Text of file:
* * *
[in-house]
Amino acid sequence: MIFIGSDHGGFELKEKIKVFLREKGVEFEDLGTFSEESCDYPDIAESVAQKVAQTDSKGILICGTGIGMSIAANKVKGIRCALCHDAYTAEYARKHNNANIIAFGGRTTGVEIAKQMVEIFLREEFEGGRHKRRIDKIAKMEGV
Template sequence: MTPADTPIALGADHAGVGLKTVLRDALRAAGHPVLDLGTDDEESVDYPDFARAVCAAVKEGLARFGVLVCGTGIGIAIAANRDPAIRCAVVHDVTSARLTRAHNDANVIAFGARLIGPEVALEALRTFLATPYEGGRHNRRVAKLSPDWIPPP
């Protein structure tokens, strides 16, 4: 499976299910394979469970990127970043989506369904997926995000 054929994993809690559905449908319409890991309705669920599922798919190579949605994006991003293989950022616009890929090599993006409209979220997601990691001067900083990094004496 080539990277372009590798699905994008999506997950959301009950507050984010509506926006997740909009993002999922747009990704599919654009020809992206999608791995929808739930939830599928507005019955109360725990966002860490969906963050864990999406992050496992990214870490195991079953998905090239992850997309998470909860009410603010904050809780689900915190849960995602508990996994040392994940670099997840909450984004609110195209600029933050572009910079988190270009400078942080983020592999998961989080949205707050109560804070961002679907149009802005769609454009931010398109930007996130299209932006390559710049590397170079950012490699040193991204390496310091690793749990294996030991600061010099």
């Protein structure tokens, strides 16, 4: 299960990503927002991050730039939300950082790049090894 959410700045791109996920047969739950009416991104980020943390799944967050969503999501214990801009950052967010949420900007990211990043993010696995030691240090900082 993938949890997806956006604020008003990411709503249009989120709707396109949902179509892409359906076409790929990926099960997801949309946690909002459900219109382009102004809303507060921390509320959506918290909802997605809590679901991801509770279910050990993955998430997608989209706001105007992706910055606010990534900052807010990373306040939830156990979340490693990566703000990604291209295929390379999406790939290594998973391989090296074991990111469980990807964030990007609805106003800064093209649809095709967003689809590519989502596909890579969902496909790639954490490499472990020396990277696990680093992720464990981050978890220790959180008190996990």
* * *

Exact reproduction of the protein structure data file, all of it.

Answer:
[in-house]
Amino acid sequence: MIFIGSDHGGFELKEKIKVFLREKGVEFEDLGTFSEESCDYPDIAESVAQKVAQTDSKGILICGTGIGMSIAANKVKGIRCALCHDAYTAEYARKHNNANIIAFGGRTTGVEIAKQMVEIFLREEFEGGRHKRRIDKIAKMEGV
Template sequence: MTPADTPIALGADHAGVGLKTVLRDALRAAGHPVLDLGTDDEESVDYPDFARAVCAAVKEGLARFGVLVCGTGIGIAIAANRDPAIRCAVVHDVTSARLTRAHNDANVIAFGARLIGPEVALEALRTFLATPYEGGRHNRRVAKLSPDWIPPP
């Protein structure tokens, strides 16, 4: 499976299910394979469970990127970043989506369904997926995000 054929994993809690559905449908319409890991309705669920599922798919190579949605994006991003293989950022616009890929090599993006409209979220997601990691001067900083990094004496 080539990277372009590798699905994008999506997950959301009950507050984010509506926006997740909009993002999922747009990704599919654009020809992206999608791995929808739930939830599928507005019955109360725990966002860490969906963050864990999406992050496992990214870490195991079953998905090239992850997309998470909860009410603010904050809780689900915190849960995602508990996994040392994940670099997840909450984004609110195209600029933050572009910079988190270009400078942080983020592999998961989080949205707050109560804070961002679907149009802005769609454009931010398109930007996130299209932006390559710049590397170079950012490699040193991204390496310091690793749990294996030991600061010099």
């Protein structure tokens, strides 16, 4: 299960990503927002991050730039939300950082790049090894 959410700045791109996920047969739950009416991104980020943390799944967050969503999501214990801009950052967010949420900007990211990043993010696995030691240090900082 993938949890997806956006604020008003990411709503249009989120709707396109949902179509892409359906076409790929990926099960997801949309946690909002459900219109382009102004809303507060921390509320959506918290909802997605809590679901991801509770279910050990993955998430997608989209706001105007992706910055606010990534900052807010990373306040939830156990979340490693990566703000990604291209295929390379999406790939290594998973391989090296074991990111469980990807964030990007609805106003800064093209649809095709967003689809590519989502596909890579969902496909790639954490490499472990020396990277696990680093992720464990981050978890220790959180008190996990």